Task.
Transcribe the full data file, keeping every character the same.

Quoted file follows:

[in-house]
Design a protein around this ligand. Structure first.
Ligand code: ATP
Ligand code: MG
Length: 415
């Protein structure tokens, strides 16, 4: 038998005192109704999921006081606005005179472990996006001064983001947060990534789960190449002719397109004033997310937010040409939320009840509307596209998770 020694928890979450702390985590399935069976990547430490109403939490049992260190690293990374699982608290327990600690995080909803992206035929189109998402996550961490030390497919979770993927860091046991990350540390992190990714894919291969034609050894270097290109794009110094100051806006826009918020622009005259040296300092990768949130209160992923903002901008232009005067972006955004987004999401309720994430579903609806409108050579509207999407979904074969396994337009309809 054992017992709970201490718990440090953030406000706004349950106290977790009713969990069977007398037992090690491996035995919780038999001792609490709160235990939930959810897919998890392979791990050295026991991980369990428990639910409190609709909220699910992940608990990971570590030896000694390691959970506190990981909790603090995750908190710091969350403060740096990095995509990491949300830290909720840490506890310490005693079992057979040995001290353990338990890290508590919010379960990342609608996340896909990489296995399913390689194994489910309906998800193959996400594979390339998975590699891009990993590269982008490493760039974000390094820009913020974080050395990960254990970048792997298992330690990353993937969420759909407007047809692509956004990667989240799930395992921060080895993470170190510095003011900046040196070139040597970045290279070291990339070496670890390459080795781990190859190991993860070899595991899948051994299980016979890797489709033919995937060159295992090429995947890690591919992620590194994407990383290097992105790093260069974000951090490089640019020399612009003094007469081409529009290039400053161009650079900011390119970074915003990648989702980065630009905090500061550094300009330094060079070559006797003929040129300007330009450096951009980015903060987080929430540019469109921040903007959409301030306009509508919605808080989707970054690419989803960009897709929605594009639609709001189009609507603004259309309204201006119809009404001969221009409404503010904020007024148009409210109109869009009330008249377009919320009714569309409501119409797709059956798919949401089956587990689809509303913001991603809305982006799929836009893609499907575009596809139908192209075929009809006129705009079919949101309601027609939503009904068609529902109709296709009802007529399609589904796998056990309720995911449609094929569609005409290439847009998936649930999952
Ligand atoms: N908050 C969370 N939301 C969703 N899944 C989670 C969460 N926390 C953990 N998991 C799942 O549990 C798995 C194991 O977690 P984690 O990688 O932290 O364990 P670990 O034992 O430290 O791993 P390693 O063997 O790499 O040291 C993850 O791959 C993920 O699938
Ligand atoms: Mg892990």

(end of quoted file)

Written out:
[in-house]
Design a protein around this ligand. Structure first.
Ligand code: ATP
Ligand code: MG
Length: 415
């Protein structure tokens, strides 16, 4: 038998005192109704999921006081606005005179472990996006001064983001947060990534789960190449002719397109004033997310937010040409939320009840509307596209998770 020694928890979450702390985590399935069976990547430490109403939490049992260190690293990374699982608290327990600690995080909803992206035929189109998402996550961490030390497919979770993927860091046991990350540390992190990714894919291969034609050894270097290109794009110094100051806006826009918020622009005259040296300092990768949130209160992923903002901008232009005067972006955004987004999401309720994430579903609806409108050579509207999407979904074969396994337009309809 054992017992709970201490718990440090953030406000706004349950106290977790009713969990069977007398037992090690491996035995919780038999001792609490709160235990939930959810897919998890392979791990050295026991991980369990428990639910409190609709909220699910992940608990990971570590030896000694390691959970506190990981909790603090995750908190710091969350403060740096990095995509990491949300830290909720840490506890310490005693079992057979040995001290353990338990890290508590919010379960990342609608996340896909990489296995399913390689194994489910309906998800193959996400594979390339998975590699891009990993590269982008490493760039974000390094820009913020974080050395990960254990970048792997298992330690990353993937969420759909407007047809692509956004990667989240799930395992921060080895993470170190510095003011900046040196070139040597970045290279070291990339070496670890390459080795781990190859190991993860070899595991899948051994299980016979890797489709033919995937060159295992090429995947890690591919992620590194994407990383290097992105790093260069974000951090490089640019020399612009003094007469081409529009290039400053161009650079900011390119970074915003990648989702980065630009905090500061550094300009330094060079070559006797003929040129300007330009450096951009980015903060987080929430540019469109921040903007959409301030306009509508919605808080989707970054690419989803960009897709929605594009639609709001189009609507603004259309309204201006119809009404001969221009409404503010904020007024148009409210109109869009009330008249377009919320009714569309409501119409797709059956798919949401089956587990689809509303913001991603809305982006799929836009893609499907575009596809139908192209075929009809006129705009079919949101309601027609939503009904068609529902109709296709009802007529399609589904796998056990309720995911449609094929569609005409290439847009998936649930999952
Ligand atoms: N908050 C969370 N939301 C969703 N899944 C989670 C969460 N926390 C953990 N998991 C799942 O549990 C798995 C194991 O977690 P984690 O990688 O932290 O364990 P670990 O034992 O430290 O791993 P390693 O063997 O790499 O040291 C993850 O791959 C993920 O699938
Ligand atoms: Mg892990």